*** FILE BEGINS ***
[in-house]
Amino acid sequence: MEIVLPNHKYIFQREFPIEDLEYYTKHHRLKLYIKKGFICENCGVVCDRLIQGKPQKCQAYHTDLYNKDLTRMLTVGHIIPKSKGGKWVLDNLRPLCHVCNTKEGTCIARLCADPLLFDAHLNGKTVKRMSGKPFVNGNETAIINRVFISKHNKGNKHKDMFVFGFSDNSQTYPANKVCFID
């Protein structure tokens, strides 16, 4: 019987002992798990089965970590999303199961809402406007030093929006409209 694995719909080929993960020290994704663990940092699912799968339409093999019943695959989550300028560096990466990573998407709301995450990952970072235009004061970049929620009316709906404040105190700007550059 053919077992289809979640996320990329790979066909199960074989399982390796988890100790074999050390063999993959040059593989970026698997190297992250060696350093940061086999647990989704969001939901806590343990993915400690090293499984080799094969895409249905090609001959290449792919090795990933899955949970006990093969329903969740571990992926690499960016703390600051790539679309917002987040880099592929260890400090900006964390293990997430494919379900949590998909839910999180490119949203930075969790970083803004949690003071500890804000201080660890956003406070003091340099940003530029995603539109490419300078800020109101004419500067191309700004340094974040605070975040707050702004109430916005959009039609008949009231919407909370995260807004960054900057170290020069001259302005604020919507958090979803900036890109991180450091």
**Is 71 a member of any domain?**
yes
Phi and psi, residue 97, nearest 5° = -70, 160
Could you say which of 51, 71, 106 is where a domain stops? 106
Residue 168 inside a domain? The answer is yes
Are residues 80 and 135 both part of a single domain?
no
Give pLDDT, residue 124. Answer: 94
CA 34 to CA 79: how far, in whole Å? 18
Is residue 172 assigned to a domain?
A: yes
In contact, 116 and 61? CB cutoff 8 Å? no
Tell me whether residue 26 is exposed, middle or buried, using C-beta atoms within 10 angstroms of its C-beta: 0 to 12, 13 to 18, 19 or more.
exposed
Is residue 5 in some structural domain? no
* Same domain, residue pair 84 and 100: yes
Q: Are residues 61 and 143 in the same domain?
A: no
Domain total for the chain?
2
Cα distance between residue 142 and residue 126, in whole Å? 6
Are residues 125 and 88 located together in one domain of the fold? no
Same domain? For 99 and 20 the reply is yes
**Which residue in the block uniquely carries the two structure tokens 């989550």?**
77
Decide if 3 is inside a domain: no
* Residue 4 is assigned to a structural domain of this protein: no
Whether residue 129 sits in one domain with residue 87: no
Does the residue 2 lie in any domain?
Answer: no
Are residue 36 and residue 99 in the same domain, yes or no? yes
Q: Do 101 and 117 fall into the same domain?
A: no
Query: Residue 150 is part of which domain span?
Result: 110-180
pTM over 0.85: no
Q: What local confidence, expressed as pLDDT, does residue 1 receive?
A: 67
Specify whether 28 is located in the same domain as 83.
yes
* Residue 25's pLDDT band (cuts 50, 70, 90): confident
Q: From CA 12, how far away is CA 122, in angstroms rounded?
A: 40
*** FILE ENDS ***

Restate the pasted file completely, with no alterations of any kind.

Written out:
[in-house]
Amino acid sequence: MEIVLPNHKYIFQREFPIEDLEYYTKHHRLKLYIKKGFICENCGVVCDRLIQGKPQKCQAYHTDLYNKDLTRMLTVGHIIPKSKGGKWVLDNLRPLCHVCNTKEGTCIARLCADPLLFDAHLNGKTVKRMSGKPFVNGNETAIINRVFISKHNKGNKHKDMFVFGFSDNSQTYPANKVCFID
């Protein structure tokens, strides 16, 4: 019987002992798990089965970590999303199961809402406007030093929006409209 694995719909080929993960020290994704663990940092699912799968339409093999019943695959989550300028560096990466990573998407709301995450990952970072235009004061970049929620009316709906404040105190700007550059 053919077992289809979640996320990329790979066909199960074989399982390796988890100790074999050390063999993959040059593989970026698997190297992250060696350093940061086999647990989704969001939901806590343990993915400690090293499984080799094969895409249905090609001959290449792919090795990933899955949970006990093969329903969740571990992926690499960016703390600051790539679309917002987040880099592929260890400090900006964390293990997430494919379900949590998909839910999180490119949203930075969790970083803004949690003071500890804000201080660890956003406070003091340099940003530029995603539109490419300078800020109101004419500067191309700004340094974040605070975040707050702004109430916005959009039609008949009231919407909370995260807004960054900057170290020069001259302005604020919507958090979803900036890109991180450091």
**Is 71 a member of any domain?**
yes
Phi and psi, residue 97, nearest 5° = -70, 160
Could you say which of 51, 71, 106 is where a domain stops? 106
Residue 168 inside a domain? The answer is yes
Are residues 80 and 135 both part of a single domain?
no
Give pLDDT, residue 124. Answer: 94
CA 34 to CA 79: how far, in whole Å? 18
Is residue 172 assigned to a domain?
A: yes
In contact, 116 and 61? CB cutoff 8 Å? no
Tell me whether residue 26 is exposed, middle or buried, using C-beta atoms within 10 angstroms of its C-beta: 0 to 12, 13 to 18, 19 or more.
exposed
Is residue 5 in some structural domain? no
* Same domain, residue pair 84 and 100: yes
Q: Are residues 61 and 143 in the same domain?
A: no
Domain total for the chain?
2
Cα distance between residue 142 and residue 126, in whole Å? 6
Are residues 125 and 88 located together in one domain of the fold? no
Same domain? For 99 and 20 the reply is yes
**Which residue in the block uniquely carries the two structure tokens 């989550």?**
77
Decide if 3 is inside a domain: no
* Residue 4 is assigned to a structural domain of this protein: no
Whether residue 129 sits in one domain with residue 87: no
Does the residue 2 lie in any domain?
Answer: no
Are residue 36 and residue 99 in the same domain, yes or no? yes
Q: Do 101 and 117 fall into the same domain?
A: no
Query: Residue 150 is part of which domain span?
Result: 110-180
pTM over 0.85: no
Q: What local confidence, expressed as pLDDT, does residue 1 receive?
A: 67
Specify whether 28 is located in the same domain as 83.
yes
* Residue 25's pLDDT band (cuts 50, 70, 90): confident
Q: From CA 12, how far away is CA 122, in angstroms rounded?
A: 40